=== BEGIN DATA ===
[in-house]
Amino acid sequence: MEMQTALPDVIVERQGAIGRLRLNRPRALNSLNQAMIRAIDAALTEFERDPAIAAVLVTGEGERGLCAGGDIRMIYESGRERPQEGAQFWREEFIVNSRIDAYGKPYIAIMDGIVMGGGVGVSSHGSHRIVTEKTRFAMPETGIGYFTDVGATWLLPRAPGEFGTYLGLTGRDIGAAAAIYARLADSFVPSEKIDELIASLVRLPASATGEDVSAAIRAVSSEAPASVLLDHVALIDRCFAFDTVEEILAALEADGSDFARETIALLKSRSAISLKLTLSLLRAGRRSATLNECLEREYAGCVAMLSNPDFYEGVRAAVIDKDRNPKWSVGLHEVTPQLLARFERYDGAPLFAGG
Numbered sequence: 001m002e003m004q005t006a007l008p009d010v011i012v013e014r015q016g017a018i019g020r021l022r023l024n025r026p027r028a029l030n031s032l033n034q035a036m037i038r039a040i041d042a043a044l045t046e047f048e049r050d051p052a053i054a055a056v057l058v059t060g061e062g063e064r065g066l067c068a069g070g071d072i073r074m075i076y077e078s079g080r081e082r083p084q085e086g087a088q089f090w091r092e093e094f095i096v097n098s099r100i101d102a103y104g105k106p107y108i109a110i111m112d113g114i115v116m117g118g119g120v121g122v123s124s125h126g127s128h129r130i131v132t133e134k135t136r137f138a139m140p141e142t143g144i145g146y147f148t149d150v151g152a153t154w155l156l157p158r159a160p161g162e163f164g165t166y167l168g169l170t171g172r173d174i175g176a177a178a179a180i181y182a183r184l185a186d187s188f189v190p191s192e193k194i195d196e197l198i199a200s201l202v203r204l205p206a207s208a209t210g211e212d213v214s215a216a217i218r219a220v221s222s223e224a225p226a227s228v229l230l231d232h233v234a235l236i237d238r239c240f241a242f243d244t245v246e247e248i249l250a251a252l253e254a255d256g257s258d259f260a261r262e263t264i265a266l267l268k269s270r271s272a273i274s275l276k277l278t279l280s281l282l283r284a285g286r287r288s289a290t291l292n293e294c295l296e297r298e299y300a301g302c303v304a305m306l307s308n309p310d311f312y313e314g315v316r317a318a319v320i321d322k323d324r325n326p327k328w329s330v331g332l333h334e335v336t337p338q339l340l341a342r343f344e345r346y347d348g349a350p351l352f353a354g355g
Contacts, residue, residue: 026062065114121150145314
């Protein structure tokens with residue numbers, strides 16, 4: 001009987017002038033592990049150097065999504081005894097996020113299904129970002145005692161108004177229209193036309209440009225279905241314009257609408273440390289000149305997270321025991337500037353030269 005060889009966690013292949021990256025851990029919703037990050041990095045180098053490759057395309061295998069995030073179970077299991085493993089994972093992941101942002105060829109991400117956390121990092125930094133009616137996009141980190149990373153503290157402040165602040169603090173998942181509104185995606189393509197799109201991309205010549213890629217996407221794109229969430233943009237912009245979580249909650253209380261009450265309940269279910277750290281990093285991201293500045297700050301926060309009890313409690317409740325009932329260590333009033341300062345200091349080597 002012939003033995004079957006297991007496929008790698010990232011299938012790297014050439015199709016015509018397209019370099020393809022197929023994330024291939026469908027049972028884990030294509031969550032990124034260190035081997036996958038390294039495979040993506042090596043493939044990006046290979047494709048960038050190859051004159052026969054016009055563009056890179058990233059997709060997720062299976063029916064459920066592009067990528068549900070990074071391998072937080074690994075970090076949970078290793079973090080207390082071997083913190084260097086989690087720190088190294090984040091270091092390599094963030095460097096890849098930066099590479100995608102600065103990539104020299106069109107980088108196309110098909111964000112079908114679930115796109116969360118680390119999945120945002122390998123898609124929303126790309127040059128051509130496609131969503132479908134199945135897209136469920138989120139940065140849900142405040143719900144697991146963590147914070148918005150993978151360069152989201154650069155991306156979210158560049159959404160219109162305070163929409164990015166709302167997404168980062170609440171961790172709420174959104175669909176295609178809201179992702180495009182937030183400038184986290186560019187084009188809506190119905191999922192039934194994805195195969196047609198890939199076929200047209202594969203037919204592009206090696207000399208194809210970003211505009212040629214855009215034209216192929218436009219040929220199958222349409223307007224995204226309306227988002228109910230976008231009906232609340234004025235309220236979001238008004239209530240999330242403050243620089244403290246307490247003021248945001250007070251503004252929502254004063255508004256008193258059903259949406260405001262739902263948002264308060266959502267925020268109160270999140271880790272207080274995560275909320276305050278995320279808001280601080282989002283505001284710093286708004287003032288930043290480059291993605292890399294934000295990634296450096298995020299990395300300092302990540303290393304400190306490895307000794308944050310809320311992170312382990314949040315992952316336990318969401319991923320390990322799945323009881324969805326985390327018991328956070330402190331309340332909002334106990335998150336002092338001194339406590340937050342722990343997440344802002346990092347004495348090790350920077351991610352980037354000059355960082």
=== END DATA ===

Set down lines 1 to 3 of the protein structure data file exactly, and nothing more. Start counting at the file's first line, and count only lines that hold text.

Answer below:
[in-house]
Amino acid sequence: MEMQTALPDVIVERQGAIGRLRLNRPRALNSLNQAMIRAIDAALTEFERDPAIAAVLVTGEGERGLCAGGDIRMIYESGRERPQEGAQFWREEFIVNSRIDAYGKPYIAIMDGIVMGGGVGVSSHGSHRIVTEKTRFAMPETGIGYFTDVGATWLLPRAPGEFGTYLGLTGRDIGAAAAIYARLADSFVPSEKIDELIASLVRLPASATGEDVSAAIRAVSSEAPASVLLDHVALIDRCFAFDTVEEILAALEADGSDFARETIALLKSRSAISLKLTLSLLRAGRRSATLNECLEREYAGCVAMLSNPDFYEGVRAAVIDKDRNPKWSVGLHEVTPQLLARFERYDGAPLFAGG
Numbered sequence: 001m002e003m004q005t006a007l008p009d010v011i012v013e014r015q016g017a018i019g020r021l022r023l024n025r026p027r028a029l030n031s032l033n034q035a036m037i038r039a040i041d042a043a044l045t046e047f048e049r050d051p052a053i054a055a056v057l058v059t060g061e062g063e064r065g066l067c068a069g070g071d072i073r074m075i076y077e078s079g080r081e082r083p084q085e086g087a088q089f090w091r092e093e094f095i096v097n098s099r100i101d102a103y104g105k106p107y108i109a110i111m112d113g114i115v116m117g118g119g120v121g122v123s124s125h126g127s128h129r130i131v132t133e134k135t136r137f138a139m140p141e142t143g144i145g146y147f148t149d150v151g152a153t154w155l156l157p158r159a160p161g162e163f164g165t166y167l168g169l170t171g172r173d174i175g176a177a178a179a180i181y182a183r184l185a186d187s188f189v190p191s192e193k194i195d196e197l198i199a200s201l202v203r204l205p206a207s208a209t210g211e212d213v214s215a216a217i218r219a220v221s222s223e224a225p226a227s228v229l230l231d232h233v234a235l236i237d238r239c240f241a242f243d244t245v246e247e248i249l250a251a252l253e254a255d256g257s258d259f260a261r262e263t264i265a266l267l268k269s270r271s272a273i274s275l276k277l278t279l280s281l282l283r284a285g286r287r288s289a290t291l292n293e294c295l296e297r298e299y300a301g302c303v304a305m306l307s308n309p310d311f312y313e314g315v316r317a318a319v320i321d322k323d324r325n326p327k328w329s330v331g332l333h334e335v336t337p338q339l340l341a342r343f344e345r346y347d348g349a350p351l352f353a354g355g